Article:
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Bury Me A Lion / Blog

Cavootle

Even though Catalpa NYC is over, we’re not done rocking out! We had the chance to talk to melodic rock band Bury Me A Lion. The band took some time to tell us what their name means, their plans for Catalpa and their hopes to create more “bathroom” music videos. After reading, don’t forget to vote on your favorite song by Bury Me A Lion!

Sam, Yuri, Luca and Jarett

How did your band come together and what is the story behind the band name?

Jarett: Luca and I both met Sam separately via Craigslist. We were all three looking to be part of a rock band. Sam had been putting out feelers for musicians for a while, and I remember seeing the same ad with the same MySpace link (remember MySpace?) over and over. After a few attempts to join groups as a vocalist, I decided to give Sam a try. Sam heard the cover I did of Grizzly Bear’s Knife and decided to bring me in. He had already met with Luca and was blown away by Luca’s drumming skills. Sam and I played for the first time in August 2008 and began writing what would become “One Arm For Another.” I met Luca in late September 2008 and we just bonded over what we were creating together. Sam and I discussed having a band name to make it official.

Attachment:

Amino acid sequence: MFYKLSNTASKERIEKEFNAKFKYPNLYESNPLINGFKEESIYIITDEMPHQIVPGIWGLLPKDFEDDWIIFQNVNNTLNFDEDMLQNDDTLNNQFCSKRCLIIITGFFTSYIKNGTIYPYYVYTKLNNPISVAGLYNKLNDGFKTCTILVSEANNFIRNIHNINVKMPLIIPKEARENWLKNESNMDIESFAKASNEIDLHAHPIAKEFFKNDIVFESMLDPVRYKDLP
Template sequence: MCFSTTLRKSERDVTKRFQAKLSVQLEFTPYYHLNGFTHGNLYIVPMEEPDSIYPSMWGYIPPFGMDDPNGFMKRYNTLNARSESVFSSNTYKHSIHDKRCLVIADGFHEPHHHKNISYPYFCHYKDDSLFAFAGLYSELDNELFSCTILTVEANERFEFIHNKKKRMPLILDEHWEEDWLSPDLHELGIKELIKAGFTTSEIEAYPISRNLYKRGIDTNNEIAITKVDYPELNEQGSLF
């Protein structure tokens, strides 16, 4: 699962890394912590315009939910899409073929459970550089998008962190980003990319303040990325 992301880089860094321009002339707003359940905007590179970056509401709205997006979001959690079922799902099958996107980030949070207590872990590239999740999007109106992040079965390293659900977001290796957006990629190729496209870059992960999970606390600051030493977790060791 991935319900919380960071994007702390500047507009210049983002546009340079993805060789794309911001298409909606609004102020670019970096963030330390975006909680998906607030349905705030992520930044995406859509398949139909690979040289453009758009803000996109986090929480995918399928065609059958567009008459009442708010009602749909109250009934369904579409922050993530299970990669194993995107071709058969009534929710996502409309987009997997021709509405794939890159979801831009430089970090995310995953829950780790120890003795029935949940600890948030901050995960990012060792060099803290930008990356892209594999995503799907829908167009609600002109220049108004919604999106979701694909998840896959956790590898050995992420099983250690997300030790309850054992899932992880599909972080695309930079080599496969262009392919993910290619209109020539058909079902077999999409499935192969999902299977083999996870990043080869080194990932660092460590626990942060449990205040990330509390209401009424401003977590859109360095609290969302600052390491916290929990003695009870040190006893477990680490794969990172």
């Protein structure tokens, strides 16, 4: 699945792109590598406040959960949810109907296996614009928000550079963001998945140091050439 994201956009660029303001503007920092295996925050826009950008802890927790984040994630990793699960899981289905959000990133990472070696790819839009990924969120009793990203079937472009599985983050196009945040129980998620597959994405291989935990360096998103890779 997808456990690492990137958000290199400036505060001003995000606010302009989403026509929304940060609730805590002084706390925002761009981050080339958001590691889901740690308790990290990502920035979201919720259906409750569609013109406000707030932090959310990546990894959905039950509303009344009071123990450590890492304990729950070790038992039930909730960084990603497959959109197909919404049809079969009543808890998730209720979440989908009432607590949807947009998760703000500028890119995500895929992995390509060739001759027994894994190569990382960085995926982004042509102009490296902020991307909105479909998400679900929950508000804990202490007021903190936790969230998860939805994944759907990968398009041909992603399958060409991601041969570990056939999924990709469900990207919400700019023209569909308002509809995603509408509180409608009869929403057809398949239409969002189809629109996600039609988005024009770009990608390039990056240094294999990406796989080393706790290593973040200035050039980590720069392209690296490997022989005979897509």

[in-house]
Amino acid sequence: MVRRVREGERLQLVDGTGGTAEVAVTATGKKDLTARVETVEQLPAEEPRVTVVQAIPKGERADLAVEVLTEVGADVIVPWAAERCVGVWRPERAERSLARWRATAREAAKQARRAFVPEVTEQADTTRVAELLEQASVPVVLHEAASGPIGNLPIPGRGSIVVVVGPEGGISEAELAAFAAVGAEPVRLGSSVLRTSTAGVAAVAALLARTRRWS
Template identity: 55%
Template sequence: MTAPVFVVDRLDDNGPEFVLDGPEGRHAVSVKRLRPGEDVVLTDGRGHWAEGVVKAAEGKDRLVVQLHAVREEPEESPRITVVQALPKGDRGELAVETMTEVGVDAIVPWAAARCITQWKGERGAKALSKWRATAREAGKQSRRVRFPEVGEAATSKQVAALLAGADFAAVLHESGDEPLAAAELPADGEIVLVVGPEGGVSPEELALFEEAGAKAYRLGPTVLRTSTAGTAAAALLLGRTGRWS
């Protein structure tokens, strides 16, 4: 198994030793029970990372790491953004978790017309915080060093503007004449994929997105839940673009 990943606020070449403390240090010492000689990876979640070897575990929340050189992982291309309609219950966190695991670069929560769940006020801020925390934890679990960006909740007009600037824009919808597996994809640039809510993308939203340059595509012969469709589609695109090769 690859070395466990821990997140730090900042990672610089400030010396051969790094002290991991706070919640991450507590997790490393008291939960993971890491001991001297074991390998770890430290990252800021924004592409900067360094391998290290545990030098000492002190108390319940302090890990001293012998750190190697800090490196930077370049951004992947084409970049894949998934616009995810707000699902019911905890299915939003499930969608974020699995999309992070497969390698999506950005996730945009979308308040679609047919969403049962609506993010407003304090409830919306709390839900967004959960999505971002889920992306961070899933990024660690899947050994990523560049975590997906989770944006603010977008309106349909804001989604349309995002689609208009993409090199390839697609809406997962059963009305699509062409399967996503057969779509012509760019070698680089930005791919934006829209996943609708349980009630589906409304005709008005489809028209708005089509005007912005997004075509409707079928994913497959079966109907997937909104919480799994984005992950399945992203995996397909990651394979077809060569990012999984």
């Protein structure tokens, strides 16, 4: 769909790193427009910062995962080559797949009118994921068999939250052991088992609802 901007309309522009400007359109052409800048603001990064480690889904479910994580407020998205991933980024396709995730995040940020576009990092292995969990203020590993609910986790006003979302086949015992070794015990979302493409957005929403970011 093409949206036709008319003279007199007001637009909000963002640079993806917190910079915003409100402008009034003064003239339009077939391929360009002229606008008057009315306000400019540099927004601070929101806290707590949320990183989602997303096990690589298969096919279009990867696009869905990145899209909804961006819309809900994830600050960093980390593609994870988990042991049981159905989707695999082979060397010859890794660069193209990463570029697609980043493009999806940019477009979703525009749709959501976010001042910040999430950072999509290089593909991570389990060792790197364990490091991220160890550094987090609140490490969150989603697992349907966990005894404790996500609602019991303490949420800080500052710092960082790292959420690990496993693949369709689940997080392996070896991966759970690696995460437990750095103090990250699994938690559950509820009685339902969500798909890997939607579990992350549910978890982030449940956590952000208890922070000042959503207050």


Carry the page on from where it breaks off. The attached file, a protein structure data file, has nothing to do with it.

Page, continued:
We took a horrible placeholder name – part of the whole “The ____” retro trend – and adjusted it a few months later. We eventually ended up with, Bury Me A Lion, comes from a line in the Pogues’ “If I Should Fall From Grace With God,” which one of my favorite songs. MacGowan says, “Bury me a sea where no murdered ghost can haunt me.” I suggested, “Bury Me At Sea,” Sam suggested adding lion imagery from our second band name, and we ended up with Bury Me A Lion, something that holds personal connotations for each of us.

What are some of the biggest influences on your playing style?